Monday, November 28, 2022

Panels to Discuss UM Integration, Media

By Clara Turnage

University of Mississippi

Curtis Wilkie. Photo by Kevin Bain/Ole Miss Digital Imaging Services

This fall, a panel of speakers organized by the Overby Center for Southern Journalism and Politics will discuss the violent 1962 integration of the University of Mississippi. Later, another panel will give three African American women, leaders of major Southern newsrooms, an opportunity to speak on the climate of journalism in America.

The juxtaposition of the two events was intentional, said Marquita Smith, assistant dean of graduate programs at the UM School of Journalism and New Media and 2022 Overby Center fellow.

“It’s incredible linkage that we can have this conversation with three African American females from top newspapers in the country,” said Smith, who will moderate the Oct. 5 event. “They are involved because of the people whose shoulders we still stand on.”

The “James Meredith and the Media: The Legacy of a Riot” panel, at 5:30 p.m. Sept. 27 in the Overby Center, will feature Sidna Brower Mitchell, Kathleen Wickham and Curtis Wilkie, who plan to talk about the effects of the Oct. 1, 1962, riot as the university’s first African American student, James Meredith, integrated the campus.

Alumnus Jesse Holland, journalist and professor at George Washington University, will moderate the event.

Kathleen Wickham. Photo by Thomas Graning/Ole Miss Digital Imaging Services

Wickham, professor of journalism at the UM School of Journalism and New Media and author of multiple books on the civil rights era, has researched the unsolved murder of Agence France-Presse reporter Paul Guihard, who was shot in the back and killed during the riot.

“I have done extensive research on the only journalist murdered during the civil rights movement, Paul Guihard,” Wickham said. “I’ve become his advocate on campus.”

Sidna Brower Mitchell. Submitted photo

Brower Mitchell, a senior in 1962, was editor of The Daily Mississippian and was harassed for asking for an end to the violence. Brower Mitchell, who went on to work in newspapers and a New Jersey state agency on affordable housing for decades following her graduation, said she was spit on by sorority sisters and received numerous letters and threats in response to her call for peace.

Wilkie, acclaimed journalist, author and former UM journalism professor, was also a senior when Meredith first walked onto campus in 1962. After the riot, Wilkie wrote home to his parents, detailing the events of the day, and included a map with the location of the rioters and U.S. marshals and where Guihard was murdered.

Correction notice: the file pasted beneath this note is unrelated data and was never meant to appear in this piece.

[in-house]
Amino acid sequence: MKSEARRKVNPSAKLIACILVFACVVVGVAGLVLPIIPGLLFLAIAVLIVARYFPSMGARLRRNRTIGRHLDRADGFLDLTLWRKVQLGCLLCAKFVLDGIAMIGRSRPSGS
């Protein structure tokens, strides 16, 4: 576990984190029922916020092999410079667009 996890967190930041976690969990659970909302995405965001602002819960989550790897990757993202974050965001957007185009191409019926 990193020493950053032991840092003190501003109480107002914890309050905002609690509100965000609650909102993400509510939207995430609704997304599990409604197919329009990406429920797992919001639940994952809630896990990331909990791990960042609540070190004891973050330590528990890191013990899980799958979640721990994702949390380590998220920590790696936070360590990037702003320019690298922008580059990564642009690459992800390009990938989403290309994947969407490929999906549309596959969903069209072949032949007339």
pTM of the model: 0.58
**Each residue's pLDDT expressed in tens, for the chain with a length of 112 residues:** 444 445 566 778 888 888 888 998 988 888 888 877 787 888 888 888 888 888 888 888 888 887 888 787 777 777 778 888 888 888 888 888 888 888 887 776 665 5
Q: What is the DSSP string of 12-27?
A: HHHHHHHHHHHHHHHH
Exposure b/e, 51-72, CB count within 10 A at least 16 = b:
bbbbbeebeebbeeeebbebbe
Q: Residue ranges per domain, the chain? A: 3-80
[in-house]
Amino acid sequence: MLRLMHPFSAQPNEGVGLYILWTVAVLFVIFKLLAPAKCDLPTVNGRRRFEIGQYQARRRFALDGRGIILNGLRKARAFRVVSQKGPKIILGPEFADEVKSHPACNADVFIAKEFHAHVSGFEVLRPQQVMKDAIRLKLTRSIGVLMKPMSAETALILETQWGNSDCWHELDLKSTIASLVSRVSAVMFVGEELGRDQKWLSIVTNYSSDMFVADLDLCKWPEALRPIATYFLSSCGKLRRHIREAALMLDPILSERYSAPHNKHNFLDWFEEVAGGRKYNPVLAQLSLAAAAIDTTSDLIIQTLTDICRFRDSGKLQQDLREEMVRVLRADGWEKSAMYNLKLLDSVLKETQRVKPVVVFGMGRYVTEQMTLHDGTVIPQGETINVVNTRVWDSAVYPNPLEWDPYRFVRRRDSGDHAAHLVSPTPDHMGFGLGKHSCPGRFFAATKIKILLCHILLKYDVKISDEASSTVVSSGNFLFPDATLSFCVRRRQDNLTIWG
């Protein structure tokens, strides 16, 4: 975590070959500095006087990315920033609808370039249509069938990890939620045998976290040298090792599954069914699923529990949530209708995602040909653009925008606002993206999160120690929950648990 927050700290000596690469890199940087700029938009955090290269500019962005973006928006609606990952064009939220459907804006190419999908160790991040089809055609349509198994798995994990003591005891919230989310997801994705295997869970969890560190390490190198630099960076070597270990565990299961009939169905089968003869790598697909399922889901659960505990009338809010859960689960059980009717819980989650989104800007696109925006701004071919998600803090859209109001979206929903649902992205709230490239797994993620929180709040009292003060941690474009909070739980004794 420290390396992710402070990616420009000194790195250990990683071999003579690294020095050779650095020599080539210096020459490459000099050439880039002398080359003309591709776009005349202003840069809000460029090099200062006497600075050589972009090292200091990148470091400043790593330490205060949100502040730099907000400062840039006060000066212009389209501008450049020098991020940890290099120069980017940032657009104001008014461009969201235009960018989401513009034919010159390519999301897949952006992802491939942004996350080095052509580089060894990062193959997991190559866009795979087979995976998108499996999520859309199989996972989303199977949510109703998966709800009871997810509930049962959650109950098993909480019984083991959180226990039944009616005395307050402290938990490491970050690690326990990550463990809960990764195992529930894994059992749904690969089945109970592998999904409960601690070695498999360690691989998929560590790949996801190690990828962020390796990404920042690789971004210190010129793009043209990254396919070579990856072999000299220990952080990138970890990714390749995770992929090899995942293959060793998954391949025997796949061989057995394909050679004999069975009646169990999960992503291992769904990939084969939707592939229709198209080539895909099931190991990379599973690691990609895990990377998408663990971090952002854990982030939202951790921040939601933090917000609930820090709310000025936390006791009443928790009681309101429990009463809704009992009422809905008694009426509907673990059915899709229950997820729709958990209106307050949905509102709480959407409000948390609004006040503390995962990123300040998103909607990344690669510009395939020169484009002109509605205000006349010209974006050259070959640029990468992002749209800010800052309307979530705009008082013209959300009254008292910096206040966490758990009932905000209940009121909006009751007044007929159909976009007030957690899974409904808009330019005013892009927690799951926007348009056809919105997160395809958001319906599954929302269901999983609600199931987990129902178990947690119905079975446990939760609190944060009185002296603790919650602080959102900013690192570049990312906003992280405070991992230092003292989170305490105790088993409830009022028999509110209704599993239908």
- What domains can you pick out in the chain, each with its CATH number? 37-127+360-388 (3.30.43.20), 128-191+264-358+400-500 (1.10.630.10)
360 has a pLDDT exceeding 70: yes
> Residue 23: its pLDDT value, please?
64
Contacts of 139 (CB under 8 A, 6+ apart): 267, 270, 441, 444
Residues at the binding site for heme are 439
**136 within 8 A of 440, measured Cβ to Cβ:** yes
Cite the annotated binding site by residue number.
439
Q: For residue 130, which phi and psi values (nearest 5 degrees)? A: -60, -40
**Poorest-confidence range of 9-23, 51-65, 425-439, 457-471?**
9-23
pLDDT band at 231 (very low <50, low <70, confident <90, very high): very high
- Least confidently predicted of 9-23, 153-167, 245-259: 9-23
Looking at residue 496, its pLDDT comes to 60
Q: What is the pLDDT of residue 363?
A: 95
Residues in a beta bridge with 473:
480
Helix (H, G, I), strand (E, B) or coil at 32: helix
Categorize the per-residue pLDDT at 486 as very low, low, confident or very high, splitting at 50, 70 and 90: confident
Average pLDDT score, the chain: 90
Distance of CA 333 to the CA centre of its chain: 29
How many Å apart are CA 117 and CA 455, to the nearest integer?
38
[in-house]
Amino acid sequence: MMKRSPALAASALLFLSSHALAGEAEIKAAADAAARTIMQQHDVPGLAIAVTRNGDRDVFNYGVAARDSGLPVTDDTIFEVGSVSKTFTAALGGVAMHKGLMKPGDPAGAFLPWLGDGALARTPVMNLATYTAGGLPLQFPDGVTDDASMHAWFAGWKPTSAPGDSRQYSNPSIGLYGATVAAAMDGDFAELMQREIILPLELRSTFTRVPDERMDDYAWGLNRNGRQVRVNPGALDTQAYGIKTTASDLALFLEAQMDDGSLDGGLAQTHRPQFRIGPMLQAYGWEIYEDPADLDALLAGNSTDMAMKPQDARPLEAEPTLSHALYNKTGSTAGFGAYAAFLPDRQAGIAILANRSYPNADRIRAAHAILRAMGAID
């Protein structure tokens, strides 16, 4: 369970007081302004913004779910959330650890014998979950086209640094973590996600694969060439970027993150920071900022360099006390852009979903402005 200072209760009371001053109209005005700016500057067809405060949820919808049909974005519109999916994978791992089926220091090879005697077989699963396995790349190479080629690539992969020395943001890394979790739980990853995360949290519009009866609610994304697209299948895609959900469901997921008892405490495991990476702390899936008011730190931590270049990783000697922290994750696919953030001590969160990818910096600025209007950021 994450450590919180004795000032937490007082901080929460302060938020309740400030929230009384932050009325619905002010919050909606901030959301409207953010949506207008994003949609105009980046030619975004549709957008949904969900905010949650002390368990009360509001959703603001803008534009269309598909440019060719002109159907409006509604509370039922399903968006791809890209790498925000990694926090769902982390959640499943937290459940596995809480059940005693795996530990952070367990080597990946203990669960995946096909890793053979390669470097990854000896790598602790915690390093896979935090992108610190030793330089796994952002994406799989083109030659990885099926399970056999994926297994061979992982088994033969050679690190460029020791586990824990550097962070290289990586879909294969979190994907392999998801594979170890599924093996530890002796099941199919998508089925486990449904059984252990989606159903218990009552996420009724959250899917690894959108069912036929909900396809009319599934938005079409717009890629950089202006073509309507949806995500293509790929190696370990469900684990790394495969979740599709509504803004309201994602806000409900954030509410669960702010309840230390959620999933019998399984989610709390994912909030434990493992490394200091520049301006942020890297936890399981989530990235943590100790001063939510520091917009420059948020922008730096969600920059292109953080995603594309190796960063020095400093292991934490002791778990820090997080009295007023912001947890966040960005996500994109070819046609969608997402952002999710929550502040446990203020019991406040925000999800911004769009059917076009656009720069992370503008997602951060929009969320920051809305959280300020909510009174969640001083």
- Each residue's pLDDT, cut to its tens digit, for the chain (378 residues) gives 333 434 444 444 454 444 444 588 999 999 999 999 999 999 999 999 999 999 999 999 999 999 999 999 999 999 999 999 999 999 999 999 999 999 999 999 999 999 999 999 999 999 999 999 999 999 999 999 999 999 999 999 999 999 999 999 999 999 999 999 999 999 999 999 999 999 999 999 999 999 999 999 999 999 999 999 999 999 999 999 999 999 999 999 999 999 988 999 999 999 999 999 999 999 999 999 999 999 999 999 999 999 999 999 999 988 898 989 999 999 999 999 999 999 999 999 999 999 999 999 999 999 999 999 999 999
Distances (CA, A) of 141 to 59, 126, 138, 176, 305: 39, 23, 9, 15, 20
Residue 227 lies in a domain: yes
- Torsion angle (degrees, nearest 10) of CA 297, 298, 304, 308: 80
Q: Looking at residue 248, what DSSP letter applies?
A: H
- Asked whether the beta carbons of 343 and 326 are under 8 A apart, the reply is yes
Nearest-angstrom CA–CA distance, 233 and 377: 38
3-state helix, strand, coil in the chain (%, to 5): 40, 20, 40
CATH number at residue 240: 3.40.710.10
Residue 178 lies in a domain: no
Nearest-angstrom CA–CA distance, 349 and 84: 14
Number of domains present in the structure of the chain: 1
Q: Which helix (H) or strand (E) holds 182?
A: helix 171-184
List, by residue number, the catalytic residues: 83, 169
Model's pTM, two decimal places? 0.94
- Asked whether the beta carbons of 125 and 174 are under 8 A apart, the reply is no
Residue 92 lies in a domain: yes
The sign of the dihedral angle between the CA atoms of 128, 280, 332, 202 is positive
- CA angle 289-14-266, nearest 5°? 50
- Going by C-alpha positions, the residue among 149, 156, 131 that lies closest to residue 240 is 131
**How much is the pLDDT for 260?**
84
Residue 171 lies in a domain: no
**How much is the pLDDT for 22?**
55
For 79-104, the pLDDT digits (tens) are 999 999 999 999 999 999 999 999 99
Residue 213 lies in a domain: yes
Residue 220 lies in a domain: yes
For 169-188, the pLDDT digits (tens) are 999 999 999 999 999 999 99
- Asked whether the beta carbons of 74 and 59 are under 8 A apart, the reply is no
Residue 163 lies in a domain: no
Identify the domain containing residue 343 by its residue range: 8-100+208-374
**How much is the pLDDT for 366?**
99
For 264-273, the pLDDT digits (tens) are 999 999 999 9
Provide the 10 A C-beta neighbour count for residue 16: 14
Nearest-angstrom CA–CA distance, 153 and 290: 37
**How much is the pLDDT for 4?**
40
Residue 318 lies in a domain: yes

That letter is housed in the UM Libraries Department of Archives and Special Collections.

Brower Mitchell and Wilkie described changes on campus following the riot. Armed guards lived on campus, students had to pass through checkpoints to get into class, and students were under curfew for several weeks.

“If it happened to rain, it would bring out the reek of the tear gas again and people would cry all over again in classrooms,” Wilkie said. “It was almost like living under martial law.”

The point of her editorial in The Daily Mississippian, titled “Violence will not help,” was to remind students that the battle they fought was long over, Brower Mitchell said.

“My theme was ‘Don’t riot, boys,'” she said. “This was a riot that was fought 100 years ago – and America won.”

The Overby Center also will host the “Sisterhood of Editors Panel,” with three African American women who lead Southern newsrooms, at 5:30 p.m. Oct. 5. The speakers, Katrice Hardy, of the Dallas Morning News; Mary Irby-Jones, a UM alumna who leads the Louisville Courier-Journal; and Jewell Walston, of the Asheville Citizen-Times, will discuss the difficulties and challenges of leading modern newsrooms, particularly as Black women.

Irby-Jones, who graduated in 1988 and was the first Black female editor of both The Clarion Ledger in Jackson and Courier-Journal in Louisville, Kentucky, said she has always known the impact of Meredith’s work on her life.

“Meredith’s contributions, his sacrifice to integrate Ole Miss at a time that it was very difficult is something that I’ve admired and known since I started looking at Ole Miss,” Irby-Jones said. “I grew up very poor in rural Mississippi. If it were not for him and the sacrifices that he made, I would not be where I am today.”


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